Hundreds of Google employees are petitioning the company to extend their abortion health care benefits to contract workers and to strengthen privacy protections for Google users searching for abortion information online.
Google’s parent company Alphabet has promised to pay travel and other health care costs for workers seeking abortions out-of-state and to help relocate some workers after the US Supreme Court revoked the constitutional right to abortion. did. Wade’s 1973 Roe v. Wade ruling, has paved the way for severe abortion restrictions or restrictions in nearly half of US states.
The benefits of abortion services offered by Google and other tech companies do not include the contractual workforce, which is common in the tech industry and is often paid less and has fewer perks than full-time employees.
A letter signed by more than 650 employees and sent this week to Google CEO Sundar Pichai and other Alphabet executives calls on contractors to add to those benefits. The petition was organized by members of the Alphabet Workers Union, a labor union that is trying to gain traction within the company.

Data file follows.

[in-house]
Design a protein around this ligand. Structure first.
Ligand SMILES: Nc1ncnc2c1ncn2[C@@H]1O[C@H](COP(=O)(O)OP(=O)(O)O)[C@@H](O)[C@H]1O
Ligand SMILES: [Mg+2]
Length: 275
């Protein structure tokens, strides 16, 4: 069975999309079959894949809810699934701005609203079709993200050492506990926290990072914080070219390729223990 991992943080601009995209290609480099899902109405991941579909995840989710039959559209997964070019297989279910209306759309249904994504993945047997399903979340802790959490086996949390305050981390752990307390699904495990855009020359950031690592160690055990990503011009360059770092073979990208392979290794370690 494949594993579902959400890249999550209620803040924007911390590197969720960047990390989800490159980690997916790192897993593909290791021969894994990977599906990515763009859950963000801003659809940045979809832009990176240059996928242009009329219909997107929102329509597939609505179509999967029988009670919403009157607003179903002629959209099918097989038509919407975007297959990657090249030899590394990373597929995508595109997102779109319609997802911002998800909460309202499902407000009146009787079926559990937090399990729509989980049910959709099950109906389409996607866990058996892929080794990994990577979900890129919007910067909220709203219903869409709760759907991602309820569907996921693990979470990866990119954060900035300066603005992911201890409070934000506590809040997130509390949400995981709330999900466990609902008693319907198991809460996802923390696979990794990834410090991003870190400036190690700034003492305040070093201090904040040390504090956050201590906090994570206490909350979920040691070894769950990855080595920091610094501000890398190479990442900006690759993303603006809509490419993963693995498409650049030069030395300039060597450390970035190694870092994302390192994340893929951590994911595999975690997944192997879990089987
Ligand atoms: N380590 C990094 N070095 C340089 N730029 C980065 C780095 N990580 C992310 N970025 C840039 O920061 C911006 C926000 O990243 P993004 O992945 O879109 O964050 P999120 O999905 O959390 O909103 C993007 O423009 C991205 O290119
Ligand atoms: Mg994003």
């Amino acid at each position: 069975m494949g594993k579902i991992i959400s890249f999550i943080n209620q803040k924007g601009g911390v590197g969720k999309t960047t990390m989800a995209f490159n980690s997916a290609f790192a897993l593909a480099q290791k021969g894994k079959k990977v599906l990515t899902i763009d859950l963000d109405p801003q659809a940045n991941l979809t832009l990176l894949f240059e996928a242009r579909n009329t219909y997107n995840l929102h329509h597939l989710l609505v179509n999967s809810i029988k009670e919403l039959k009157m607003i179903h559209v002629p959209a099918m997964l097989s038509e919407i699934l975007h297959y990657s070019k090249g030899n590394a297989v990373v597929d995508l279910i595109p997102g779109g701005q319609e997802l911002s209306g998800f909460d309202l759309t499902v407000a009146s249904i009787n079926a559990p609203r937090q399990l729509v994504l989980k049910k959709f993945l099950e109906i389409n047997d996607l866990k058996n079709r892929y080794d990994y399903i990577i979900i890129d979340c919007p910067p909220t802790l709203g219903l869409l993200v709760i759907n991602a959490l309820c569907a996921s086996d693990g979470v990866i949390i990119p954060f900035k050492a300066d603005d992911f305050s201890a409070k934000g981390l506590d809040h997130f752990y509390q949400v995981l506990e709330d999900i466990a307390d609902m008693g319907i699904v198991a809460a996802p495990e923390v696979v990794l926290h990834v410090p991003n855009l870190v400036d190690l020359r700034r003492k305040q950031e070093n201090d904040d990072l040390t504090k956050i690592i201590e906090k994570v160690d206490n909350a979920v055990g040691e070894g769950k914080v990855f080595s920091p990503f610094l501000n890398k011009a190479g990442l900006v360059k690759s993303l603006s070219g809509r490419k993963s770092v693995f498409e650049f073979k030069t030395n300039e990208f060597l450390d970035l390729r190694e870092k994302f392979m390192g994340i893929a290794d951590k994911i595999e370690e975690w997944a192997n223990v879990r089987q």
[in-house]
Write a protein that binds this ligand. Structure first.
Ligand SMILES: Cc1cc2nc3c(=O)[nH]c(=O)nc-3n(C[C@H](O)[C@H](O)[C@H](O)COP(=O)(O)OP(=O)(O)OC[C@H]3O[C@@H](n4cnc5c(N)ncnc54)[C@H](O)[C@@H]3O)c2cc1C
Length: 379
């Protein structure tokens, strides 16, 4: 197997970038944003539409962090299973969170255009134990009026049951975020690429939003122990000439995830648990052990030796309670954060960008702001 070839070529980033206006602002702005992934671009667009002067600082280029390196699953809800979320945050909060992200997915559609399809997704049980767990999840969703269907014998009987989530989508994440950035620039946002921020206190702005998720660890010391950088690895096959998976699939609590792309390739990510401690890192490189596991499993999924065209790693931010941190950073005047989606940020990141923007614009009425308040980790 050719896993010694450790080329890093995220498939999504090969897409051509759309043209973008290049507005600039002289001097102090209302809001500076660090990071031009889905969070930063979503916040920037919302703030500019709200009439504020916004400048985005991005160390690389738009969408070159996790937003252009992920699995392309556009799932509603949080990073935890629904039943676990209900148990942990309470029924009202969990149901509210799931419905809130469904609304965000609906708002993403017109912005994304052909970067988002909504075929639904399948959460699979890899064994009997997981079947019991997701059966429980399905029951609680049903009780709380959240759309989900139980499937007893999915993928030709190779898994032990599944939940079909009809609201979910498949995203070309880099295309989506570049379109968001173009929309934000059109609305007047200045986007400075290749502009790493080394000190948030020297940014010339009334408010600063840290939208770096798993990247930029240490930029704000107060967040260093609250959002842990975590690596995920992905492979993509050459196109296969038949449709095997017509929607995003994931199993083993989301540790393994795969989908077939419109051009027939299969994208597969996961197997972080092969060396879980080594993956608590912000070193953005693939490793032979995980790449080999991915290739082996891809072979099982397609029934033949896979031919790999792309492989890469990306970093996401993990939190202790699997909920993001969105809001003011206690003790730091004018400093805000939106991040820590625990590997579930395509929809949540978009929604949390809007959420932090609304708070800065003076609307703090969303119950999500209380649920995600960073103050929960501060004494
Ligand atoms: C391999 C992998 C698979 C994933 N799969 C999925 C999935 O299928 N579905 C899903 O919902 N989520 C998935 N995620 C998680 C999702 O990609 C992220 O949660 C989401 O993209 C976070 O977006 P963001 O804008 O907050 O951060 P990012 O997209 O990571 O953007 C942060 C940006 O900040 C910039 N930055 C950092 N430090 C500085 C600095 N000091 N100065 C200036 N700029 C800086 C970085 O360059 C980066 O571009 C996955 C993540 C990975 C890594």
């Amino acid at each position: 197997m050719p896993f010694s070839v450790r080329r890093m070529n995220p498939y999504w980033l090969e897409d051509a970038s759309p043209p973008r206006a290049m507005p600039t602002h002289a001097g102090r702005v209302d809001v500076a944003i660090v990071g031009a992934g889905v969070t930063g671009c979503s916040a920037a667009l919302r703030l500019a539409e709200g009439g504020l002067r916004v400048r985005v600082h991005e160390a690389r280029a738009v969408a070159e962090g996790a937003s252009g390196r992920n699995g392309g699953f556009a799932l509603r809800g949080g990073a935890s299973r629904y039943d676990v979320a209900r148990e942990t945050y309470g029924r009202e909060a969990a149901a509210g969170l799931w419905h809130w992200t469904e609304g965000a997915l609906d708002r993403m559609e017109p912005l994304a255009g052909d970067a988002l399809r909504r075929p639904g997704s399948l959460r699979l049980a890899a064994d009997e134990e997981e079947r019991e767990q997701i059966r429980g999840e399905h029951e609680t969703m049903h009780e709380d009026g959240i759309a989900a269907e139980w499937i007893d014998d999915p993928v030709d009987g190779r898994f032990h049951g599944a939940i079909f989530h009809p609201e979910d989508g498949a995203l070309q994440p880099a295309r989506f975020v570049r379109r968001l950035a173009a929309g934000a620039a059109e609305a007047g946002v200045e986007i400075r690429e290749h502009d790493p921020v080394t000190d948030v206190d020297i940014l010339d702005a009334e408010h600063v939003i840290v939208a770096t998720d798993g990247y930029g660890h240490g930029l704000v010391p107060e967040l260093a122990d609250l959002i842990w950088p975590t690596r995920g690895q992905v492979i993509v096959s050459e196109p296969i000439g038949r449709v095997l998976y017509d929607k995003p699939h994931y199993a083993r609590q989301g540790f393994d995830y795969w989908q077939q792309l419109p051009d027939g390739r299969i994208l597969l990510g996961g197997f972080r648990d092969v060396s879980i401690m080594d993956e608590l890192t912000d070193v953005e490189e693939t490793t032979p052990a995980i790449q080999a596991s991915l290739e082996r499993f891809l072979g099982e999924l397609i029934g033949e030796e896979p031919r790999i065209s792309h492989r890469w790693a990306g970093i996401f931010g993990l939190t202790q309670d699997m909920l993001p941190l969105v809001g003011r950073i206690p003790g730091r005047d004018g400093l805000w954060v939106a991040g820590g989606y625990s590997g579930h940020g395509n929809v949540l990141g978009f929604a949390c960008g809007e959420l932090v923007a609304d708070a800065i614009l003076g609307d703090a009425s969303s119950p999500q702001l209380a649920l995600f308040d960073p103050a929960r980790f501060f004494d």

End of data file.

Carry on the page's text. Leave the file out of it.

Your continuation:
It also demands that the company cease any political charity or lobbying of politicians or organizations “responsible for appointing Supreme Court judges who overturned Roe v. Wade and other human rights issues related to voting access and gun control.” But the violation continued.”
Employees want additional protection for Google users, such as by blocking ads that deceptively direct users to anti-abortion “pregnancy crisis” centers.
The employees’ petition states that the company should immediately establish data privacy controls for all health-related activities, including abortion information, so that it “is never saved, handed over to law enforcement, or treated as a crime.” Go.”
The recent case of a Nebraska teenager facing felony charges over an alleged abortion – allegations that prosecutors were able to bring about thanks to messages received from Facebook – has raised alarm in privacy and technology circles.
As privacy advocates fear that states like Texas and Oklahoma enact bounty hunter laws for citizens to report on suspected abortions, data surveillance provides a plethora of potential sources of evidence for prosecutors.
Google declined to comment about the petition on Thursday. The company said in July that it would begin automatically purging information about users who visit abortion clinics or other locations that could trigger legal problems. Users always have the option to edit their location history themselves, but Google said it will actively do so for them as an added level of security.